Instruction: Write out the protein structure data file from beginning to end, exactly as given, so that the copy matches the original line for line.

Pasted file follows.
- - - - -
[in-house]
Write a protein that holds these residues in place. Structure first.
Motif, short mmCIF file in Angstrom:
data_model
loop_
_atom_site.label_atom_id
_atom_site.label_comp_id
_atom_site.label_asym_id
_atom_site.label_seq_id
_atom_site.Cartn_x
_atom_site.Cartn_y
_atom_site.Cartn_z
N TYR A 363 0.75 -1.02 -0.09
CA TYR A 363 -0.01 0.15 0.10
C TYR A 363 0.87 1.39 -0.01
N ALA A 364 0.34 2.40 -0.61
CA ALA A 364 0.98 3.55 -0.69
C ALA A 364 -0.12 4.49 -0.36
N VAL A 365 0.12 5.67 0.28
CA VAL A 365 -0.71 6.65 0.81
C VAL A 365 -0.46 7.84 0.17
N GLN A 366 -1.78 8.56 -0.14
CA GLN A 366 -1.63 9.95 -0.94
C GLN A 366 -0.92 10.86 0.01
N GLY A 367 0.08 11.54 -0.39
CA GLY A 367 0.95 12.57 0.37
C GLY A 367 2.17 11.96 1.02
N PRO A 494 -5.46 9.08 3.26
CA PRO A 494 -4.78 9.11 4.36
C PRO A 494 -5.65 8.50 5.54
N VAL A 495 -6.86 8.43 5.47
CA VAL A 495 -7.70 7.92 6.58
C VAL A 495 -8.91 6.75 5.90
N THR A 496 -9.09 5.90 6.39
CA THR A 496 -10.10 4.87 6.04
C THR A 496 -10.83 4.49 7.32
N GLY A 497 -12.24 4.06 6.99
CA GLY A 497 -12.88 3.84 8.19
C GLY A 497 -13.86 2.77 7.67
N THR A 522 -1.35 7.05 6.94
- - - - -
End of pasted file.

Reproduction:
[in-house]
Write a protein that holds these residues in place. Structure first.
Motif, short mmCIF file in Angstrom:
data_model
loop_
_atom_site.label_atom_id
_atom_site.label_comp_id
_atom_site.label_asym_id
_atom_site.label_seq_id
_atom_site.Cartn_x
_atom_site.Cartn_y
_atom_site.Cartn_z
N TYR A 363 0.75 -1.02 -0.09
CA TYR A 363 -0.01 0.15 0.10
C TYR A 363 0.87 1.39 -0.01
N ALA A 364 0.34 2.40 -0.61
CA ALA A 364 0.98 3.55 -0.69
C ALA A 364 -0.12 4.49 -0.36
N VAL A 365 0.12 5.67 0.28
CA VAL A 365 -0.71 6.65 0.81
C VAL A 365 -0.46 7.84 0.17
N GLN A 366 -1.78 8.56 -0.14
CA GLN A 366 -1.63 9.95 -0.94
C GLN A 366 -0.92 10.86 0.01
N GLY A 367 0.08 11.54 -0.39
CA GLY A 367 0.95 12.57 0.37
C GLY A 367 2.17 11.96 1.02
N PRO A 494 -5.46 9.08 3.26
CA PRO A 494 -4.78 9.11 4.36
C PRO A 494 -5.65 8.50 5.54
N VAL A 495 -6.86 8.43 5.47
CA VAL A 495 -7.70 7.92 6.58
C VAL A 495 -8.91 6.75 5.90
N THR A 496 -9.09 5.90 6.39
CA THR A 496 -10.10 4.87 6.04
C THR A 496 -10.83 4.49 7.32
N GLY A 497 -12.24 4.06 6.99
CA GLY A 497 -12.88 3.84 8.19
C GLY A 497 -13.86 2.77 7.67
N THR A 522 -1.35 7.05 6.94